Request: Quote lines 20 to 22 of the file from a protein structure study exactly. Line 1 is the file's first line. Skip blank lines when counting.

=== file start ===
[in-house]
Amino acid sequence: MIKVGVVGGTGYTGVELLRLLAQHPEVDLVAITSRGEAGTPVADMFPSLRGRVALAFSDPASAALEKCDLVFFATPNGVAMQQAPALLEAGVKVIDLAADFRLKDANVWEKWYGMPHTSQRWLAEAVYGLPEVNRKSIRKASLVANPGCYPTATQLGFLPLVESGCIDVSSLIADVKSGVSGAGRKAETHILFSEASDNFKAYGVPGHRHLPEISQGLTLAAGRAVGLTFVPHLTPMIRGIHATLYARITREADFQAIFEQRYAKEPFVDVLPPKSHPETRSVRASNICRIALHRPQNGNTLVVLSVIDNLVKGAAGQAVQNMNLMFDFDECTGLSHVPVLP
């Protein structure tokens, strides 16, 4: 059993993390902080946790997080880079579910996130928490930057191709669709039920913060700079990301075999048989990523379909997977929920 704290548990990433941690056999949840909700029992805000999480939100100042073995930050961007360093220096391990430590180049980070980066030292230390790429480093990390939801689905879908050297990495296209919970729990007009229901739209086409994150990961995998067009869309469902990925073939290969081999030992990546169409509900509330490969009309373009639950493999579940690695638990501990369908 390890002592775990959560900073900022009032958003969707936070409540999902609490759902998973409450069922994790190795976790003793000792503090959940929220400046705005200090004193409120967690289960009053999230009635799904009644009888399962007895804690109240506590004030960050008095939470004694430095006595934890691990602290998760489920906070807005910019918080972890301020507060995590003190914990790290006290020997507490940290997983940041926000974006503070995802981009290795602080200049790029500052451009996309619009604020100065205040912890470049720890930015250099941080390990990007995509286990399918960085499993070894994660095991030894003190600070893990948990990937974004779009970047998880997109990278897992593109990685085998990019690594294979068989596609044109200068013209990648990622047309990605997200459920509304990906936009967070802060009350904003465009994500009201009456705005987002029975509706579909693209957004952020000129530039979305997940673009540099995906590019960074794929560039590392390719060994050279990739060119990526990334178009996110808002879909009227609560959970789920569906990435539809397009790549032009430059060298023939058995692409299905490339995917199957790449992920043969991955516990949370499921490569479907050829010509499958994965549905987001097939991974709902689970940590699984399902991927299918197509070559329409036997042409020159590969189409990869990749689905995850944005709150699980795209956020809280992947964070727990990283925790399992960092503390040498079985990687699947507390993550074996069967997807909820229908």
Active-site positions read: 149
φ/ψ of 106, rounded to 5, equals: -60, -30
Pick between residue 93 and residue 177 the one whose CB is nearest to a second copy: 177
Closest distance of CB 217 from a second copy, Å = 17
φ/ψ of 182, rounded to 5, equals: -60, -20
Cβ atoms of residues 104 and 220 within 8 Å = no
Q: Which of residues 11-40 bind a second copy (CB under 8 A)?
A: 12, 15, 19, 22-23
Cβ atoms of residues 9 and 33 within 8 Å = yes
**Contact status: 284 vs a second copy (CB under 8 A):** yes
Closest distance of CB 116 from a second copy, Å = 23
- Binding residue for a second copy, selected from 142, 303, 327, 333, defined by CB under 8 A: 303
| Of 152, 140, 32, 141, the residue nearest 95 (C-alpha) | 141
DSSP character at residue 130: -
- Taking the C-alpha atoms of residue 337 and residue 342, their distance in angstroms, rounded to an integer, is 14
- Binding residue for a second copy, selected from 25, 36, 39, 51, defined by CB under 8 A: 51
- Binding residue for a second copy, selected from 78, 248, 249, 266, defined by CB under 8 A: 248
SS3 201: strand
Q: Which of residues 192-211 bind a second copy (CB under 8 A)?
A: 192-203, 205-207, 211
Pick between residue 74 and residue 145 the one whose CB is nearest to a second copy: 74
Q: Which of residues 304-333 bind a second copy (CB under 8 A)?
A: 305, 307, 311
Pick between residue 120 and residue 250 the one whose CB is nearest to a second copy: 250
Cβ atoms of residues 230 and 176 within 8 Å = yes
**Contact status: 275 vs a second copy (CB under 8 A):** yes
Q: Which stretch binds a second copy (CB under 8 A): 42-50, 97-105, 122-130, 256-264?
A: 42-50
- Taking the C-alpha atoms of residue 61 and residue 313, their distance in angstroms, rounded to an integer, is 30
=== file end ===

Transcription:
- Binding residue for a second copy, selected from 78, 248, 249, 266, defined by CB under 8 A: 248
SS3 201: strand
Q: Which of residues 192-211 bind a second copy (CB under 8 A)?